A growing trend in this country is to not plan for retirement at all but continue working even though there might not be a need for that extra employment income in the senior years.  If the retirement is forced upon them, many will seek other employment.  Additionally, many individuals have decided that they are unhappy with their current employment and seek new employment skills that are more fulfilling.  They actually do something about their dissatisfaction rather than complaining about it.  Or many just simply quit and start new businesses.  In addition, many who have stopped working are not that happy with a lack of purpose in retirement and decide to go back to work by learning new skills or by starting their own businesses.  I have one acquaintance who retired from a highly professional management position with more than enough income and assets to live comfortably, but his whole life he wanted to be a truck driver.  Now in his early 80s he is hauling freight and absolutely loves it.  He doesn’t need the income.

For those who are retired and do need extra income, learn new skills that can generate income.  Unless as person truly is cognitively impaired, we can all still learn new things.  It is important to learn computer skills.  Engage in writing essays, blogging or emailing friends or family, writing personal histories or using the computer to do genealogical research.  Browse the Internet to learn all about other places and people.  Read biographies and histories and learn geography.  Read the classics and entertain age-old philosophies and ideas.  Learn new languages.  Learn computer languages and do coding.  Use Google Earth and Google Street View to visit far-off places that you never will have access to.  If your hands don’t work and you can’t type then use voice to text software such as Dragon NaturallySpeaking.  Commit to lifelong learning!

If you are in pain or suffering, you can do something worthwhile for others. Call someone to cheer them, send a card.

If you are disabled and relying on others, you can still find a purpose in life.  Perhaps it to share the lessons you have learned about coping and continuing to move forward.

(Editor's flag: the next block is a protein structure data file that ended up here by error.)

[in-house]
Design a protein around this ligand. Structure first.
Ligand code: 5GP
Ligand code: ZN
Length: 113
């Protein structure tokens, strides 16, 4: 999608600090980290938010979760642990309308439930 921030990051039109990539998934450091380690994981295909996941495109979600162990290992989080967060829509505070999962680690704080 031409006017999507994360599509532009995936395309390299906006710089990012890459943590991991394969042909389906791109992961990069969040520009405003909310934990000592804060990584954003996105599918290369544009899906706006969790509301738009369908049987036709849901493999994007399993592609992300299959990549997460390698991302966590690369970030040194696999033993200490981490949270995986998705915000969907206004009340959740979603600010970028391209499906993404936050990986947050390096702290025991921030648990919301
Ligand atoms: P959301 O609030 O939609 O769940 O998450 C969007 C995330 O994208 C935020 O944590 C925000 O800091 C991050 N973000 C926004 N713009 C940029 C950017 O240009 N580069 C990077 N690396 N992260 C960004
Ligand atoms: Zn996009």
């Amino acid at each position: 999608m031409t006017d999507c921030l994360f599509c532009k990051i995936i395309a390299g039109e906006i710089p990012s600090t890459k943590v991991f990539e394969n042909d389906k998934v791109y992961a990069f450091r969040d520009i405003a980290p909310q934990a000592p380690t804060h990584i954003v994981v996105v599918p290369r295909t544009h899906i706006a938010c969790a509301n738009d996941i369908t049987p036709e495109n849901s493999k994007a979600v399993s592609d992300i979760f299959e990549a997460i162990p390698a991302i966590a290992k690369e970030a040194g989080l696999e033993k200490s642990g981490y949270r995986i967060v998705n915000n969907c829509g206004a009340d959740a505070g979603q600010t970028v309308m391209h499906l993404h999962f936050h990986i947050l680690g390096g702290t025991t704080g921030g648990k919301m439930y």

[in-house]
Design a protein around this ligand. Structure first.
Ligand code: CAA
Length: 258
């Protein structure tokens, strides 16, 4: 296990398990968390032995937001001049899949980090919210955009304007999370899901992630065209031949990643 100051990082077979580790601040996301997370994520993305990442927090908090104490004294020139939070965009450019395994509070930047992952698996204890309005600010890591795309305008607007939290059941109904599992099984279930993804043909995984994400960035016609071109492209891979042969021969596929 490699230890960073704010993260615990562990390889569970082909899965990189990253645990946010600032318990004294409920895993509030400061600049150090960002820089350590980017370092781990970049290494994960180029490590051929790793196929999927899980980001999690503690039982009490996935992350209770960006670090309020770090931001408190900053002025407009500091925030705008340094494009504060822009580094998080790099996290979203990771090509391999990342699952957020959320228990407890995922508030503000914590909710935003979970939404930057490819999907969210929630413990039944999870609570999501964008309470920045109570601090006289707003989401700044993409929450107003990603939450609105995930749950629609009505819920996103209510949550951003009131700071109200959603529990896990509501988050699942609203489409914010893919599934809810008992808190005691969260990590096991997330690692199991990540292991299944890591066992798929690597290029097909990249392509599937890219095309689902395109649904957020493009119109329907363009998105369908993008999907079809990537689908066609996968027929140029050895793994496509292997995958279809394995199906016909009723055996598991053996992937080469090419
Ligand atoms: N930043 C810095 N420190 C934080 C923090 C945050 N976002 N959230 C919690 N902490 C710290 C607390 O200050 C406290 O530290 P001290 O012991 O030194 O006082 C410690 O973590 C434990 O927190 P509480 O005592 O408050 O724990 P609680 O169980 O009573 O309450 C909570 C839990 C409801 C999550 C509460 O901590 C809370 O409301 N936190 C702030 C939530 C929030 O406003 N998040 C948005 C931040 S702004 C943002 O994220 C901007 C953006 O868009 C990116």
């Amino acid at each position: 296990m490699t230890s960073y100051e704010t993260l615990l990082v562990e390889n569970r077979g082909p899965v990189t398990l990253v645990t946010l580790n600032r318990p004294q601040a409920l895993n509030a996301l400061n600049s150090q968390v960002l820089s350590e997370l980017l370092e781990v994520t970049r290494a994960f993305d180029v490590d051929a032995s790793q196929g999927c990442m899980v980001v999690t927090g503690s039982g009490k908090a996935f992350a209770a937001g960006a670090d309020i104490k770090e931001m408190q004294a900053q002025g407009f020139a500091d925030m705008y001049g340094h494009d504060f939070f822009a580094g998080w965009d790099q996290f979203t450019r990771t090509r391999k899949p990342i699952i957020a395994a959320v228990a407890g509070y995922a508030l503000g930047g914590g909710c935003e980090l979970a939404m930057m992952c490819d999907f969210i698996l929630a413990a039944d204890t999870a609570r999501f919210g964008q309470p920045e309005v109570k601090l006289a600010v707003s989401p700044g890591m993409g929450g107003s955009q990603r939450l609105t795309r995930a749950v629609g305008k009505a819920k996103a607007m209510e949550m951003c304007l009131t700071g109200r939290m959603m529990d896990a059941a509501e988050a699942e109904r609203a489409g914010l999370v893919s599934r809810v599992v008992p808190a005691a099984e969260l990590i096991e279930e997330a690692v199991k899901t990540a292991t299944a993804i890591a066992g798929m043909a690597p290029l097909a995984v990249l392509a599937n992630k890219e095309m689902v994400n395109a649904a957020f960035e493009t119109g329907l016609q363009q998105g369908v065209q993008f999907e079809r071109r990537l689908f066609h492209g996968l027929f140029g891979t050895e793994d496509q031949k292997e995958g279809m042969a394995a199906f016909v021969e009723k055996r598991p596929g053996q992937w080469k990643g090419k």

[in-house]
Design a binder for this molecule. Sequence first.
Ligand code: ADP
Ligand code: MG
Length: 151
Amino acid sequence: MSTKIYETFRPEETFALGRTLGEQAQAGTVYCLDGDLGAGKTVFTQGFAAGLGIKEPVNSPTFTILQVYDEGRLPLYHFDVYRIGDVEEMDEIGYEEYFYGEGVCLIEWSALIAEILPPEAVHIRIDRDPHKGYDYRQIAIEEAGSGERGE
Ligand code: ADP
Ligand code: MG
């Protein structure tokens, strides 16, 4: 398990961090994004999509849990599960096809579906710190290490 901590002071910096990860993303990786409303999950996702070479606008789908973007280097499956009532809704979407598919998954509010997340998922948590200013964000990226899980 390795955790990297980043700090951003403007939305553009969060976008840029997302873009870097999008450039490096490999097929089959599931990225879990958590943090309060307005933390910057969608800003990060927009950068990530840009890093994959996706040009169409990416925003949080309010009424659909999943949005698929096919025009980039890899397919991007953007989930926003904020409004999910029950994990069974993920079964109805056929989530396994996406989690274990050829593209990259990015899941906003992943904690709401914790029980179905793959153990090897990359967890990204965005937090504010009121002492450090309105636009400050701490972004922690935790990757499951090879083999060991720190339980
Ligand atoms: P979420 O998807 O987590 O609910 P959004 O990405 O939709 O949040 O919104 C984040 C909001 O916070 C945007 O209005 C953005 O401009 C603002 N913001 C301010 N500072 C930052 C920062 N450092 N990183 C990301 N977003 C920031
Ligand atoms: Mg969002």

If you don’t have enough income or assets, research ideas on how to supplement income.

Exercise regularly. Even if you are impaired, there are modified exercises you can do.  Keep your brain active through reading, researching and interacting with others.  Maintain good nutrition, drink plenty of water and make sure to supplement with vitamin B12 and vitamin D which are generally deficient in most aging seniors.

Perhaps the real value of a life well lived, for all seniors being actively involved in improving the lives of others.

I believe the following poem expresses this idea in a wonderful manner.

Have I Done Any Good?  By Will L. Thompson

Have I done any good in the world today?

Have I helped anyone in need?

Have I cheered up the sad and made someone feel glad?

If not, I have failed indeed.

Has anyone’s burden been lighter today

Because I was willing to share?

Have the sick and the weary been helped on their way?

When they needed my help was I there?

There are chances for work all around just now,

Opportunities right in our way.

Do not let them pass by, saying, “Sometime I’ll try,”

But go and do something today.

‘Tis noble of man to work and to give;

Love’s labor has merit alone.

Only he who does something is worthy to live.

The world has no need for a drone.

Then wake up and do something more

Than dream of your mansion above.

Doing good is a pleasure, a joy beyond measure,

A blessing of duty and love.


Barb Culver
Resonate, Inc.